I might be smitten with Keats’ vision were I not aware that, in 2018, we enjoy an unprecedented opportunity for those whose stories have heretofore been erased, told by oppressors, or left at the margins to make central what was once suppressed. It is no one’s place to say to the poet of color or the woman poet, to the transgender poet or the gay or lesbian poet, to the poet processing trauma in situ or the poet for the first time finding an unyielding voice of resistance and defiance, that their earnest and hard-won speculations on the mysteries of the self, so long discouraged or discounted, are self-indulgent. In fact, it is white men like Keats whose prescriptions would today seem to us self-indulgent, the product of a time when literacy was still largely for the white, male, and landed. At the time he wrote Reynolds, Keats’ complaint bespoke a generous rebelliousness within his social and professional class; today, the same words might well strike us as boorish and coercive.
Keats also wrote Reynolds during one of his nation’s brief respites from war, so it may have seemed natural to him to think, in 1818, that there was plenty of time for intermittently engaged citizen-adventurers to litter the literary landscape of his homeland. In 2018, sporadic political mischief, ensconced in the carefree life of a vagabond, just won’t do. That ethos is every bit the indulgence of Wordsworth lounging beneath a bough and dreaming of “Old Matthew.” To be merely an observant “citizen of the world,” as Wendell put it, or like the eternally wandering Esau, as Keats did in his letter to Reynolds, falls short of what America wants today: a defender of the lawful and good world a nation’s citizens (and, too, countless noncitizens) have built. Brave and persistent engagement is what America wants from its poets—but in saying so we must indulge the possibility, too, that America doesn’t ask that that engagement come in the form of a poem.
More than sixty years before Wendell challenged the American canon with his primordial creative writing workshops, Keats anticipated the dangers of a certain sort of complacency which, I’d argue, we find in the very fact of “canon” itself as well as the breed of “domesticity” that won itself canonization in the late nineteenth century. What he could not anticipate were the dangers poetry itself would face—both the art and its practitioners—two hundred years hence. But I nevertheless find in his February 3 letter some guidance for poetry and poets today, and perhaps where I least expected it: his likely tongue-in-cheek rendering of the poet as “airy pig” or flying “squirrel,” that is, one who leaves the safety and comfort of home on a purposeful rather than contented adventure. In 1818, the spiritual nourishment such a poet might seek was, well, whatever it was—without being a better historian than I am, I’m certain I can’t properly reconstruct it. But I do know that today, in these dark hours of American history, sufficient nourishment for the poet’s soul is not—or not necessarily—to be found in any poem, whatever its provenance or artifice or “unobtrusive grandeur.” Wendell taught his students to be citizens first and writers second, expecting, one imagines, that the trials of fully inhabiting the first role inexorably alter the potentialities of engaging the second. Just so, what Keats warned Reynolds of was putting poetry before the world—which in a contemporary context means putting poetry before the responsibilities of citizenship or (as applicable) one’s commitment to the rights of a “citizenry” broadly defined.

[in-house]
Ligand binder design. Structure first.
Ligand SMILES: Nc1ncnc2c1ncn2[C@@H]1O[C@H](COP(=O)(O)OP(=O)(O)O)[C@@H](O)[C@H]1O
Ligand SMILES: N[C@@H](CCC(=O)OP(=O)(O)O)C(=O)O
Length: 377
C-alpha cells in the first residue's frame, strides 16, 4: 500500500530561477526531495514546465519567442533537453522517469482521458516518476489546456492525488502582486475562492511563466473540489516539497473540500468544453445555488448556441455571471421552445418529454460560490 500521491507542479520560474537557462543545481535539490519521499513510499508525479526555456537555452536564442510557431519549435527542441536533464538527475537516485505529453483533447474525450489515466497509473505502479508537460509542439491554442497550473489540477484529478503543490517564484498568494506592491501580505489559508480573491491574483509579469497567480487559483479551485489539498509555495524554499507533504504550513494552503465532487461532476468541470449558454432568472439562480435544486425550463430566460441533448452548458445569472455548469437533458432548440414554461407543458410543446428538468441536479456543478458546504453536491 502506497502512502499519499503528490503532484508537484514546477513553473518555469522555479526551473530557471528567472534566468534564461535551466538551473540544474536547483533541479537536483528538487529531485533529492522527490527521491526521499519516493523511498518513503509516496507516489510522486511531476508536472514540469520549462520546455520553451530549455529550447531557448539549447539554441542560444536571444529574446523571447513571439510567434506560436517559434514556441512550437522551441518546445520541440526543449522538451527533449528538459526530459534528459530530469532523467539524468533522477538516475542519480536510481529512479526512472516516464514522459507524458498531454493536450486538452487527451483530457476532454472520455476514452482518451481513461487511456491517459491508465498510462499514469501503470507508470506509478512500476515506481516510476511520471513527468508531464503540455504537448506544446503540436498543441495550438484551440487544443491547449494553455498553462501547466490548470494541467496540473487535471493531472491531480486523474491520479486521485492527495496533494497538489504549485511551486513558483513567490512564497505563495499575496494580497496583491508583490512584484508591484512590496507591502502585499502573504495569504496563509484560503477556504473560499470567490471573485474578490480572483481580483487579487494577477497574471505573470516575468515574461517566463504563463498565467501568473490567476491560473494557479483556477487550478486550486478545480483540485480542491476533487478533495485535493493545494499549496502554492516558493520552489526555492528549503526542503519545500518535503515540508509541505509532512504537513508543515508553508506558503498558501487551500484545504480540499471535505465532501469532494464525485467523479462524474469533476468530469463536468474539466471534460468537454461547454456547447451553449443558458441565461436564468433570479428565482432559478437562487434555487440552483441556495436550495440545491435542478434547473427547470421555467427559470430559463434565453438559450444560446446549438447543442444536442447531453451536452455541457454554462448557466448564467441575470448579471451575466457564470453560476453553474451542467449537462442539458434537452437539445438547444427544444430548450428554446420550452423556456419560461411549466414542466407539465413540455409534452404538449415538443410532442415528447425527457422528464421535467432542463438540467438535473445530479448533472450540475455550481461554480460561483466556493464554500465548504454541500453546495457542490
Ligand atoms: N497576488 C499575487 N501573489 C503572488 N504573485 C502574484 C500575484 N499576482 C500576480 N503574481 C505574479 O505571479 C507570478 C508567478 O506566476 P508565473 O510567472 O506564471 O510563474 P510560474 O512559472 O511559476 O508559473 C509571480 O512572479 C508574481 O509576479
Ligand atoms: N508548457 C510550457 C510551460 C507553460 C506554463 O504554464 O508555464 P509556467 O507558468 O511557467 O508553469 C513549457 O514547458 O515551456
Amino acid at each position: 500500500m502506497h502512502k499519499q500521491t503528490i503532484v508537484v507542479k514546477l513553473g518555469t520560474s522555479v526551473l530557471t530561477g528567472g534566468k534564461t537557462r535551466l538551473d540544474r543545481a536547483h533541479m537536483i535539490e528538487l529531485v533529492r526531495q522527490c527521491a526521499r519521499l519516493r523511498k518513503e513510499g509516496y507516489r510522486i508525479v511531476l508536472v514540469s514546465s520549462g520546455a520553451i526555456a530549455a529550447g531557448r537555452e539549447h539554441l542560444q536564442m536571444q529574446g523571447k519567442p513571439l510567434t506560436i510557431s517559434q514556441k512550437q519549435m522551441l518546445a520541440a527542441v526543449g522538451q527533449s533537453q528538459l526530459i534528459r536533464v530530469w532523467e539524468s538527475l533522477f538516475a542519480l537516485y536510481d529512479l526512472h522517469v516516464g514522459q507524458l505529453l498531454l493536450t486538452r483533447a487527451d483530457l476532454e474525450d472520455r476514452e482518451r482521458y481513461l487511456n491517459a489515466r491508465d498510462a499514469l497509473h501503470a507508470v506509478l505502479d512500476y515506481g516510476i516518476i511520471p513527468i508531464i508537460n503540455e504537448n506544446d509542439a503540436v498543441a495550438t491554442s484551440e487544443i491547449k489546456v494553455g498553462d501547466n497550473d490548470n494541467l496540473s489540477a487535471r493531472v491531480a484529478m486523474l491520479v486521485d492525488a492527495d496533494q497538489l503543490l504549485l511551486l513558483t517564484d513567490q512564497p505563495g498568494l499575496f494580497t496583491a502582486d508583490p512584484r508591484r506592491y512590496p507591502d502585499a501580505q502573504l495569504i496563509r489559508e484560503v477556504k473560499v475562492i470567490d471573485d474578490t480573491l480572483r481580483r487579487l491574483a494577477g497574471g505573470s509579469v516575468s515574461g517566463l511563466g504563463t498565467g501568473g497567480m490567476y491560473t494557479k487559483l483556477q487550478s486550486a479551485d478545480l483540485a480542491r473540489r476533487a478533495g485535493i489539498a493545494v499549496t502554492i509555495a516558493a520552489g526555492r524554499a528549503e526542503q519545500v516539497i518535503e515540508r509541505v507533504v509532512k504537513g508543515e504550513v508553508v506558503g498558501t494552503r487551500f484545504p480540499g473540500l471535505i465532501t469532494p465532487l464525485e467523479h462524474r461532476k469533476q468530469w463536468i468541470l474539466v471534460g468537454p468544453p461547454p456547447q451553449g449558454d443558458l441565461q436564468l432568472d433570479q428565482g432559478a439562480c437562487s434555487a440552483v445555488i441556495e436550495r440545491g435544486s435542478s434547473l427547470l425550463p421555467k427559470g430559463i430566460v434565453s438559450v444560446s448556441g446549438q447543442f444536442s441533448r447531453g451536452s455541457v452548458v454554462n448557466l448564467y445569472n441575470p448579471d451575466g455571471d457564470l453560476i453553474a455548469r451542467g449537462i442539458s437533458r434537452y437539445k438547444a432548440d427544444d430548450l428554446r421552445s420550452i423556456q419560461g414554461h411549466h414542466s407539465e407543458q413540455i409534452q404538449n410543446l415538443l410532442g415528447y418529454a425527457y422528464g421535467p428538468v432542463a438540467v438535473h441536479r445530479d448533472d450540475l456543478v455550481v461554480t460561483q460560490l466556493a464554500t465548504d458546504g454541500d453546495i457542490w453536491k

I wrote several years ago that poetry is in the midst of a Golden Age, and thereafter wrote a book of poetry by the same name. In neither case did I mean to say that this is a Golden Age of poems—history will decide that—but rather a Golden Age for those with the intuition, nerves, and bountiful ingenuity of poets, and a Golden Age for the communities that people of this sort have the power to create (and yes, too, for the initiatives their communities can support) should the polis and citizenship be placed ahead of any one person or his private “speculations.” I don’t at all believe poems to be the necessary byproduct of any of this; I do, however, see a dynamic pedagogy—a dynamic poetry-writing pedagogy—as the fount from which what poets must do off the page in today’s America can spring. We must learn poetry to exceed it, I think, and to me that’s the message Keats sent to Reynolds in 1818, and that Barrett Wendell sent his students at Harvard in 1888, and that America itself now sends to its poets, whoever they are or ever hope to be, in 2018.
Seth Abramson is a poet, professor, attorney, and political commentator. Read more about him here.